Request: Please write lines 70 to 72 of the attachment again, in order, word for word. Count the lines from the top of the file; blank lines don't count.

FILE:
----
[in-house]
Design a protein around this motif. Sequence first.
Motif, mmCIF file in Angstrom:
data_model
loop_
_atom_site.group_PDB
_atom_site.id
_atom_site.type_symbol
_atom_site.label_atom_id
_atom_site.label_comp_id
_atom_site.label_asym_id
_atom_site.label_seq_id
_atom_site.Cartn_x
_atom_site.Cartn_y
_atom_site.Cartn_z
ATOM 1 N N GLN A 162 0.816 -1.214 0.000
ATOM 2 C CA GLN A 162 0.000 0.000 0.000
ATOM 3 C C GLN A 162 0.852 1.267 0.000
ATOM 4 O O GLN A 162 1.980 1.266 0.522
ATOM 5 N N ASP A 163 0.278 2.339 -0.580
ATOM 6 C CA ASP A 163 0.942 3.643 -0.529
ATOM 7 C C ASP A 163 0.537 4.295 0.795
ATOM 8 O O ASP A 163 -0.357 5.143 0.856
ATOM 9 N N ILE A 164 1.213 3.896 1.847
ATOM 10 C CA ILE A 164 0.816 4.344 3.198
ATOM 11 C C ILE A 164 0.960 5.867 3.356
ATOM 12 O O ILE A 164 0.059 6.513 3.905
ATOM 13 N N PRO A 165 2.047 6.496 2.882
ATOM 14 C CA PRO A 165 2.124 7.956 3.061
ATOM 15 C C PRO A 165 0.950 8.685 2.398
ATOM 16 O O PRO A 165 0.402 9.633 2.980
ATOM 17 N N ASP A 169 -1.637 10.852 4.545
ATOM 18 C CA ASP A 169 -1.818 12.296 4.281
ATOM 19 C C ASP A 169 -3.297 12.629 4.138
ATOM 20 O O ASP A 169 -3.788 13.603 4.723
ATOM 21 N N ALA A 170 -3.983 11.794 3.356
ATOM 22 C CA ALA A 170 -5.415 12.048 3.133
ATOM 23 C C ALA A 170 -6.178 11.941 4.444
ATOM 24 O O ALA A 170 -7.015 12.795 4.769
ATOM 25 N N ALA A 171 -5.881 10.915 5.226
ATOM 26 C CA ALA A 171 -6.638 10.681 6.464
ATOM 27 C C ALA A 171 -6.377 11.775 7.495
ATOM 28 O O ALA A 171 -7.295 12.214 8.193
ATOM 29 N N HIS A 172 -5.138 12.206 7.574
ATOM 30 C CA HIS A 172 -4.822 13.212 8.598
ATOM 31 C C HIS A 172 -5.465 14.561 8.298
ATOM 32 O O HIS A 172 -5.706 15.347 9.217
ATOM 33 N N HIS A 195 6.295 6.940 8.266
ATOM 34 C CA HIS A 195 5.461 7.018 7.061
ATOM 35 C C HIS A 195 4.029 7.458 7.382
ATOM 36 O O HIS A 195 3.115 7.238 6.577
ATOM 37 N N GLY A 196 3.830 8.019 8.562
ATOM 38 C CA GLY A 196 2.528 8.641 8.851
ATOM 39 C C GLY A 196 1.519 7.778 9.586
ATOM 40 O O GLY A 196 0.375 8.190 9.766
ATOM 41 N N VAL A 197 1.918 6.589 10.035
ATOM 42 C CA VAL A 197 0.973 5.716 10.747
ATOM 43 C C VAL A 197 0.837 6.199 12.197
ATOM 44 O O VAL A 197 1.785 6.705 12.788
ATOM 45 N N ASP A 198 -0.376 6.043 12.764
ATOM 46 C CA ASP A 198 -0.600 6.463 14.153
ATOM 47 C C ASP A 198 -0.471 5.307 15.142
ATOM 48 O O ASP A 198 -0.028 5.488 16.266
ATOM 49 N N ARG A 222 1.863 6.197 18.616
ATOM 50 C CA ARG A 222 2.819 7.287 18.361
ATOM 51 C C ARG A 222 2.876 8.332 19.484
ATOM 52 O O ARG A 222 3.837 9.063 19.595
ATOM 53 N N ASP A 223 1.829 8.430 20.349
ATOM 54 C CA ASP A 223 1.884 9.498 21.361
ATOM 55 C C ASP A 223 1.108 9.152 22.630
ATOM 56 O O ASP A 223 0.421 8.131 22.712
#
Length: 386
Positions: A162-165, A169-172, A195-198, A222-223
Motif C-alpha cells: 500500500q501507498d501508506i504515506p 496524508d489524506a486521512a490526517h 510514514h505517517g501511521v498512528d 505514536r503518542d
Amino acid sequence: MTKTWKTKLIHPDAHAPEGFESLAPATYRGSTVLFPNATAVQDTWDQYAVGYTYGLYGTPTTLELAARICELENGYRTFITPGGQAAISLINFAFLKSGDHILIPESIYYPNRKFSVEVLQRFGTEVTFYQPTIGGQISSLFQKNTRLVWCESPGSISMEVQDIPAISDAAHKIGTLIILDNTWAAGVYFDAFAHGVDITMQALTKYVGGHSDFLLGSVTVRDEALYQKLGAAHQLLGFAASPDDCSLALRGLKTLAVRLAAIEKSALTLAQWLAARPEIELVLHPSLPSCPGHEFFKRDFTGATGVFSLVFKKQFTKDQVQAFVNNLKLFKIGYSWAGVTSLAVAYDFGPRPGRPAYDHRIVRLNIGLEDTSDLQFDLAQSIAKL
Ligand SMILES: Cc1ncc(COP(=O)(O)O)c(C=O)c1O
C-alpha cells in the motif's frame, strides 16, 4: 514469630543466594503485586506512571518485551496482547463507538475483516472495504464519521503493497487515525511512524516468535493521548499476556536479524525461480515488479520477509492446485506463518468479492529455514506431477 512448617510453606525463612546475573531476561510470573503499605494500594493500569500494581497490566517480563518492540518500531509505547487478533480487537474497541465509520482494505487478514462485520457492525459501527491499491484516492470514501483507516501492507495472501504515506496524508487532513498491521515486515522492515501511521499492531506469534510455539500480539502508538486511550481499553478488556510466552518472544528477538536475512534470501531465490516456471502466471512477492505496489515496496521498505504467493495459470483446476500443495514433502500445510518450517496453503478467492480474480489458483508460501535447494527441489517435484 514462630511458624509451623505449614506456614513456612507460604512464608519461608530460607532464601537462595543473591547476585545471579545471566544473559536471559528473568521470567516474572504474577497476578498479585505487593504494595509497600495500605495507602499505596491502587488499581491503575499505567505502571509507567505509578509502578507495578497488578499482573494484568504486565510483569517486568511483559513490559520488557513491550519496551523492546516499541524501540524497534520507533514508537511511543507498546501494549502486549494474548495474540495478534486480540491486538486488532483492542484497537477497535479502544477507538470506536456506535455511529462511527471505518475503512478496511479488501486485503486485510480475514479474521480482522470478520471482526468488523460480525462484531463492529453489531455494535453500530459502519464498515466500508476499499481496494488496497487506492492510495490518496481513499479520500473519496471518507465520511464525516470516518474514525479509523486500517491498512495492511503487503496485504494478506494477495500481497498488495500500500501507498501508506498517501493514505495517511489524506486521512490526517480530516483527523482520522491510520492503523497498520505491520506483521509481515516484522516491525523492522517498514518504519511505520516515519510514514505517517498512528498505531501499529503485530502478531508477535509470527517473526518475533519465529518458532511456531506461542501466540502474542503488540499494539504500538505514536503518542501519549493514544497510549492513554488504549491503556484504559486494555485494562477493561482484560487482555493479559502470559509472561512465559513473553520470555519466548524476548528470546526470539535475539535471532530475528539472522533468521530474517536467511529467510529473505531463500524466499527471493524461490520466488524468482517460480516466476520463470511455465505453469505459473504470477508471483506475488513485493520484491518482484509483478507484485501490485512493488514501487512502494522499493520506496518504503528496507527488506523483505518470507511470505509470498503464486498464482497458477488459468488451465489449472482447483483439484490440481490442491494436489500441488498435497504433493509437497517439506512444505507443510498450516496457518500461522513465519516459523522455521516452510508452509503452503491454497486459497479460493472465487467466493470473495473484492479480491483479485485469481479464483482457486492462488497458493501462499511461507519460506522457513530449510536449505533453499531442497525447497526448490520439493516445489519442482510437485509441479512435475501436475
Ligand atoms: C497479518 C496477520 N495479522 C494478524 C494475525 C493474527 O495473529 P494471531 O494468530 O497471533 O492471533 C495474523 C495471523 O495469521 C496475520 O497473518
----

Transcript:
ATOM 55 C C ASP A 223 1.108 9.152 22.630
ATOM 56 O O ASP A 223 0.421 8.131 22.712
#